Food: 9 – Has an elegant variety of Greek and American food. From breakfast to burgers to salads to sandwiches. What I ate? Classic ham, egg, cheese, and bacon omelet with a side toast and home fries (I’m from down south; I should have also gotten a side of grits, lol). What my sidekick ate? Greek Omelet filled with onions, tomatoes, olives, feta cheese, and mushrooms with a side of cuban toast. His rating: 24, and he’s an incredible chef!
Prices: 10 – Low to moderately priced good cookin’
Tucked away in historical Seminole Heights, Nicko’s has become a neighborhood favorite. The diner is filled with happy faces and warmed bellies-from first timers to regular patrons, and from take out customers to the usual fella who comes to sit at the counter and stay a while just to enjoy a friendly conversation over a cuppa Joe. And with all of life’s modern conveniences, wouldn’t we all love it if they started accepting a little plastic? I vote NO. Charm changes for no one: CASH ONLY.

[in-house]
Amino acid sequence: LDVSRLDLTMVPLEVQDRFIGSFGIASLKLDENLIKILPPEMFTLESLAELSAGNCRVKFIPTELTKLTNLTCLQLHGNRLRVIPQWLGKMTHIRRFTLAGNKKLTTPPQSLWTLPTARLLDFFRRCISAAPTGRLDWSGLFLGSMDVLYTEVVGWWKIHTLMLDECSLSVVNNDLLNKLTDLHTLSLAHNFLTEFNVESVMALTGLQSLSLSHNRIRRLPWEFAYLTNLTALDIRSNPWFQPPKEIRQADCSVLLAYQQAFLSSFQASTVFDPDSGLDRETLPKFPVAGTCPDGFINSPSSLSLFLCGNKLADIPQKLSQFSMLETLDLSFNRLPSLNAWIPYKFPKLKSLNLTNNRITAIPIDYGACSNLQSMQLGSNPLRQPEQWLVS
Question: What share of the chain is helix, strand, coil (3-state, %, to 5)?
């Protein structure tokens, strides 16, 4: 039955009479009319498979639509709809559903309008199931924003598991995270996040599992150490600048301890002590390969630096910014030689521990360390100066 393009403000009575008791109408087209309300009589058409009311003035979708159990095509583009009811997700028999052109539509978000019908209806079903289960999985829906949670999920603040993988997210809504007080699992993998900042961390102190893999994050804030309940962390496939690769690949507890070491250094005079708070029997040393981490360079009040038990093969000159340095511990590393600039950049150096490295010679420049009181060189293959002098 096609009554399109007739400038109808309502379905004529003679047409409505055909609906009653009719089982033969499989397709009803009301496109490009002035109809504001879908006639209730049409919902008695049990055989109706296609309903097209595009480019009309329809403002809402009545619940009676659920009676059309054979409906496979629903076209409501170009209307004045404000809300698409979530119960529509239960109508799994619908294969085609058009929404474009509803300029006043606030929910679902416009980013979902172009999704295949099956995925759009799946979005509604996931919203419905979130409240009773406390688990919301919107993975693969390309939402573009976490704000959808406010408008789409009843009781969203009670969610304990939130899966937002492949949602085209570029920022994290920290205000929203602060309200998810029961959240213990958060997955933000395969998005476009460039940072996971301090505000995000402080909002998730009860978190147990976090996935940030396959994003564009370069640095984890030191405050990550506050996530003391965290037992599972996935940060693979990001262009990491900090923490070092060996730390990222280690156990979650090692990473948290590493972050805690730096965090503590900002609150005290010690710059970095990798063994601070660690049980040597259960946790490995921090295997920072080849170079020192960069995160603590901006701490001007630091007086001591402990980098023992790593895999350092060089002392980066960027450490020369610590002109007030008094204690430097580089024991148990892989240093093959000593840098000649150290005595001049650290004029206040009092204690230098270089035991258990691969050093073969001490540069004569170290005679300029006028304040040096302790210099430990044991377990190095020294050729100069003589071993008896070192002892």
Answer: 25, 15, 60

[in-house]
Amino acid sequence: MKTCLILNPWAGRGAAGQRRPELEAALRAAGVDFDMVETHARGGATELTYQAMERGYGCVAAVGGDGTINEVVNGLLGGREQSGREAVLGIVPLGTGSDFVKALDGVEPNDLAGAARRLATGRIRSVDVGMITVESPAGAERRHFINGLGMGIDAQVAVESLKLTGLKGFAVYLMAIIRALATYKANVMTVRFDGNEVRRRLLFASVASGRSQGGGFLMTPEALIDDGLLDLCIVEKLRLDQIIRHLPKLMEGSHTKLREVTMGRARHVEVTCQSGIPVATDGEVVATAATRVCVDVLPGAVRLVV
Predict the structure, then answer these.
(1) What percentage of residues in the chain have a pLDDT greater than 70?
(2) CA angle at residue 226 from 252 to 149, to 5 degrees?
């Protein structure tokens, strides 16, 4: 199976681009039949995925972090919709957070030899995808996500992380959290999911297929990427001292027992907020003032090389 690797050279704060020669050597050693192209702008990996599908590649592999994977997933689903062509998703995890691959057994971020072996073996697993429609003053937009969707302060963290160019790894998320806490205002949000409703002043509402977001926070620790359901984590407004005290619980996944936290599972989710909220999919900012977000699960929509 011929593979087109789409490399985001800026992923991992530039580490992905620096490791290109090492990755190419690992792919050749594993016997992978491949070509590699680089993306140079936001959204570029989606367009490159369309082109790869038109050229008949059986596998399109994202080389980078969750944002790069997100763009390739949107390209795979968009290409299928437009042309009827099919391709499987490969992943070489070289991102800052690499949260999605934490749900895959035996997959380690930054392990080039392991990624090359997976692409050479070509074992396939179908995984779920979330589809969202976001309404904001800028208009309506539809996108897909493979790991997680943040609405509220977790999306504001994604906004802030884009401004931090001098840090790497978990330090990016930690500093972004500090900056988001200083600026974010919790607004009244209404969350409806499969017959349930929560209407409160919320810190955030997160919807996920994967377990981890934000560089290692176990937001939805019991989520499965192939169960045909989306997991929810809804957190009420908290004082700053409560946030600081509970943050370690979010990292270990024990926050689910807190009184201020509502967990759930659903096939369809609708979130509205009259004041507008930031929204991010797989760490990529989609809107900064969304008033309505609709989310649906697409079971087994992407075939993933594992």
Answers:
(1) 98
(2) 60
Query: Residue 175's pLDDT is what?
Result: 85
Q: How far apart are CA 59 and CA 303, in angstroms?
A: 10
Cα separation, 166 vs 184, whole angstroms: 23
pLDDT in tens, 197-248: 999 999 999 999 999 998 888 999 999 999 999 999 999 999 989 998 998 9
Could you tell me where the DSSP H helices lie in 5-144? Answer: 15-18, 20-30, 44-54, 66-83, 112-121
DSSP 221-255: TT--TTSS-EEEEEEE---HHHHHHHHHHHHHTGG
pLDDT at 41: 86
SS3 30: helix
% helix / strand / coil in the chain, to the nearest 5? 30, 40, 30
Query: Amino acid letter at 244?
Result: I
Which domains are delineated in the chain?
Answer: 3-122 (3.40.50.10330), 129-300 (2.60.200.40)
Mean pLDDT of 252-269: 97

So tomorrow morning, I set out on my “Kaffa Exploration,” in a quest to find good coffee in Sunny Tampa Bay. First, since I absolutely love food, we are headed to breakfast at Nicko’s, a Greek diner in the heart of Seminole Heights. It’s stuck in the 50s; however it’s a beautiful expression of art-or so I interpret it to be. They even have a booth dedicated to Elvis, where he once sat while visiting Tampa and where I manage to sit every single time I go. And if I don’t get my beloved booth, I whine like a baby…
While I have absolutely no idea where their coffee comes from it’s always something amazing; maybe it’s just the retro feel – it all feels quite right so the coffee MUST be right, right?
Anyways, from Nicko’s we are headed to Java and Cream in South Tampa, then on to Nola Café to sample one of history’s infamous substitutions and early traditions…Chicory coffee. I must admit, I’ve never tasted it. But I will let you know…
And so our journey begins…